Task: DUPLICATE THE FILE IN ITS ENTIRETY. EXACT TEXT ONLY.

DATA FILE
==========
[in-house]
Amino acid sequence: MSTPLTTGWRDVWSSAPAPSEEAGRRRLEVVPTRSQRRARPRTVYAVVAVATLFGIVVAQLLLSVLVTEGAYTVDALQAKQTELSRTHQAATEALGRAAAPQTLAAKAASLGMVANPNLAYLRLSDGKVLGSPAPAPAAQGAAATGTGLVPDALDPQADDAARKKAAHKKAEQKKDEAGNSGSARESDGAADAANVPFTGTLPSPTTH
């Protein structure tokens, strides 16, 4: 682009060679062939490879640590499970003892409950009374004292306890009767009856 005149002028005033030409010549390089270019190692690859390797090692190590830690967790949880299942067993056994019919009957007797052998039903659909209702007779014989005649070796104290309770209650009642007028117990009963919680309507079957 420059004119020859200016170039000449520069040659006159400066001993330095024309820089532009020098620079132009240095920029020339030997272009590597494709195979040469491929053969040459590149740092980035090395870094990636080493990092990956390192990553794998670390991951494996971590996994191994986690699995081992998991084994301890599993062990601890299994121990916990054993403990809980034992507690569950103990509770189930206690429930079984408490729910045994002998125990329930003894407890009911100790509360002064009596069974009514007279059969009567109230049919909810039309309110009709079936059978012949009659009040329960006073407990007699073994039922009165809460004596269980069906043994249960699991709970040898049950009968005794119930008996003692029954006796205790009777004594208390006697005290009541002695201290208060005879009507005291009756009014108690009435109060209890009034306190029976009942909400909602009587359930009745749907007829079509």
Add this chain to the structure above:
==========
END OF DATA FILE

[in-house]
Amino acid sequence: MSTPLTTGWRDVWSSAPAPSEEAGRRRLEVVPTRSQRRARPRTVYAVVAVATLFGIVVAQLLLSVLVTEGAYTVDALQAKQTELSRTHQAATEALGRAAAPQTLAAKAASLGMVANPNLAYLRLSDGKVLGSPAPAPAAQGAAATGTGLVPDALDPQADDAARKKAAHKKAEQKKDEAGNSGSARESDGAADAANVPFTGTLPSPTTH
């Protein structure tokens, strides 16, 4: 682009060679062939490879640590499970003892409950009374004292306890009767009856 005149002028005033030409010549390089270019190692690859390797090692190590830690967790949880299942067993056994019919009957007797052998039903659909209702007779014989005649070796104290309770209650009642007028117990009963919680309507079957 420059004119020859200016170039000449520069040659006159400066001993330095024309820089532009020098620079132009240095920029020339030997272009590597494709195979040469491929053969040459590149740092980035090395870094990636080493990092990956390192990553794998670390991951494996971590996994191994986690699995081992998991084994301890599993062990601890299994121990916990054993403990809980034992507690569950103990509770189930206690429930079984408490729910045994002998125990329930003894407890009911100790509360002064009596069974009514007279059969009567109230049919909810039309309110009709079936059978012949009659009040329960006073407990007699073994039922009165809460004596269980069906043994249960699991709970040898049950009968005794119930008996003692029954006796205790009777004594208390006697005290009541002695201290208060005879009507005291009756009014108690009435109060209890009034306190029976009942909400909602009587359930009745749907007829079509």
Add this chain to the structure above: